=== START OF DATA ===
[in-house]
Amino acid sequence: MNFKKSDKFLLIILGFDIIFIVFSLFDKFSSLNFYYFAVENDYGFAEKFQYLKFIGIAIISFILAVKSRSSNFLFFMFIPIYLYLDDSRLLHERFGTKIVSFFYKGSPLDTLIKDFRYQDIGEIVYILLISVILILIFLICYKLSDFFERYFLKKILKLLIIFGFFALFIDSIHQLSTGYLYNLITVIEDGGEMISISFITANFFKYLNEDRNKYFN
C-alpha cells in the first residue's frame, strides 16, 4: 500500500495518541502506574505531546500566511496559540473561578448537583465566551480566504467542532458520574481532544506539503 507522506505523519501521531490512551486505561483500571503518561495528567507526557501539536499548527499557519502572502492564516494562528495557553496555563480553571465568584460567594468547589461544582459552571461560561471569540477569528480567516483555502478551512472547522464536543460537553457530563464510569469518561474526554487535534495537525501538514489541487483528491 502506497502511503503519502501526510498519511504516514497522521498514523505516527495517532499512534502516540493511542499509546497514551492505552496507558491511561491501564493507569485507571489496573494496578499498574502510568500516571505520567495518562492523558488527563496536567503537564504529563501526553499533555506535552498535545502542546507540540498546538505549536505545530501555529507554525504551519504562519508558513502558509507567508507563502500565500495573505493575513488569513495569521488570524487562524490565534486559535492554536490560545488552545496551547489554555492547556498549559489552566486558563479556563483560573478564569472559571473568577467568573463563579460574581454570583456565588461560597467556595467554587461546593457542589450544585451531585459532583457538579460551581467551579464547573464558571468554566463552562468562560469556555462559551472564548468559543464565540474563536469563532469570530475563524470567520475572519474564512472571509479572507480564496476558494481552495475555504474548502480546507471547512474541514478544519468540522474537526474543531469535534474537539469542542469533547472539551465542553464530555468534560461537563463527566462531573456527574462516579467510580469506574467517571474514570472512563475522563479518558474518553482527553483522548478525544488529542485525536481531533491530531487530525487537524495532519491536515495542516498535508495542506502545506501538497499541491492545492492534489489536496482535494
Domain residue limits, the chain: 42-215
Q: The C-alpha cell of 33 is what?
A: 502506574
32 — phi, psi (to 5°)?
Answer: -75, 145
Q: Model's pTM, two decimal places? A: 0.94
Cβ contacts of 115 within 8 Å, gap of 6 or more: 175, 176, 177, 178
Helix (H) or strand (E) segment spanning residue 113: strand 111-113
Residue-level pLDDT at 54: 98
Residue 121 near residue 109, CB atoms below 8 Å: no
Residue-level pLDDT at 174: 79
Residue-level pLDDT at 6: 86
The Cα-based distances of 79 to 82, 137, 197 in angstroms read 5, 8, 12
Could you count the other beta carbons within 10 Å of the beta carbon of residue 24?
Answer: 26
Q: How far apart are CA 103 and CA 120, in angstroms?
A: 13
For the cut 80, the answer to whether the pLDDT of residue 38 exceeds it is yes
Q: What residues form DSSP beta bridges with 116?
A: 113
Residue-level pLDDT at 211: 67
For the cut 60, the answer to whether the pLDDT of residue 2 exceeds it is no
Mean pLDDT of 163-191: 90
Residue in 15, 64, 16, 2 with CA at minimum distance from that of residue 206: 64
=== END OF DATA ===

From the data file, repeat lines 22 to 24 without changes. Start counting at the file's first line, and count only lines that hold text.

Q: What residues form DSSP beta bridges with 116?
A: 113
Residue-level pLDDT at 211: 67